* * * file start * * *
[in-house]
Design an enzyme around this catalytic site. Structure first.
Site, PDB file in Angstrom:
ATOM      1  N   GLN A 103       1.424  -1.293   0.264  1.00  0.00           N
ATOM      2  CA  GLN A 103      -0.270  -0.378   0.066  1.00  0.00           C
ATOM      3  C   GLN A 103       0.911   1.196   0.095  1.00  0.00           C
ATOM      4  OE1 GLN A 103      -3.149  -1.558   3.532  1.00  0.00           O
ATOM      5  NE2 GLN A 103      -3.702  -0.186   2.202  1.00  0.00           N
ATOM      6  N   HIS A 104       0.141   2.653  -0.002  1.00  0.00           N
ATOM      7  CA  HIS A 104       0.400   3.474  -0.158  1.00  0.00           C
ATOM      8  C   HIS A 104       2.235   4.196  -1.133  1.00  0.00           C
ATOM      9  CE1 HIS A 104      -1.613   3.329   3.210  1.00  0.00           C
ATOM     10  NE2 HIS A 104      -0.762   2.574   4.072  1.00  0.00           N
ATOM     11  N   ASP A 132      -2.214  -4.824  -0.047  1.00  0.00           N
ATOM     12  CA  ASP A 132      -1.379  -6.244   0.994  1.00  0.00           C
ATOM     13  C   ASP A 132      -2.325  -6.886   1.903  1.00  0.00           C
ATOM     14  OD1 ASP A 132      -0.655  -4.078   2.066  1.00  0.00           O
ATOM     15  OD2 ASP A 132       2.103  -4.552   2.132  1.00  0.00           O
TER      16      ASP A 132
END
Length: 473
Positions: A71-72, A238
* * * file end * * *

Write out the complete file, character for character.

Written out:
[in-house]
Design an enzyme around this catalytic site. Structure first.
Site, PDB file in Angstrom:
ATOM      1  N   GLN A 103       1.424  -1.293   0.264  1.00  0.00           N
ATOM      2  CA  GLN A 103      -0.270  -0.378   0.066  1.00  0.00           C
ATOM      3  C   GLN A 103       0.911   1.196   0.095  1.00  0.00           C
ATOM      4  OE1 GLN A 103      -3.149  -1.558   3.532  1.00  0.00           O
ATOM      5  NE2 GLN A 103      -3.702  -0.186   2.202  1.00  0.00           N
ATOM      6  N   HIS A 104       0.141   2.653  -0.002  1.00  0.00           N
ATOM      7  CA  HIS A 104       0.400   3.474  -0.158  1.00  0.00           C
ATOM      8  C   HIS A 104       2.235   4.196  -1.133  1.00  0.00           C
ATOM      9  CE1 HIS A 104      -1.613   3.329   3.210  1.00  0.00           C
ATOM     10  NE2 HIS A 104      -0.762   2.574   4.072  1.00  0.00           N
ATOM     11  N   ASP A 132      -2.214  -4.824  -0.047  1.00  0.00           N
ATOM     12  CA  ASP A 132      -1.379  -6.244   0.994  1.00  0.00           C
ATOM     13  C   ASP A 132      -2.325  -6.886   1.903  1.00  0.00           C
ATOM     14  OD1 ASP A 132      -0.655  -4.078   2.066  1.00  0.00           O
ATOM     15  OD2 ASP A 132       2.103  -4.552   2.132  1.00  0.00           O
TER      16      ASP A 132
END
Length: 473
Positions: A71-72, A238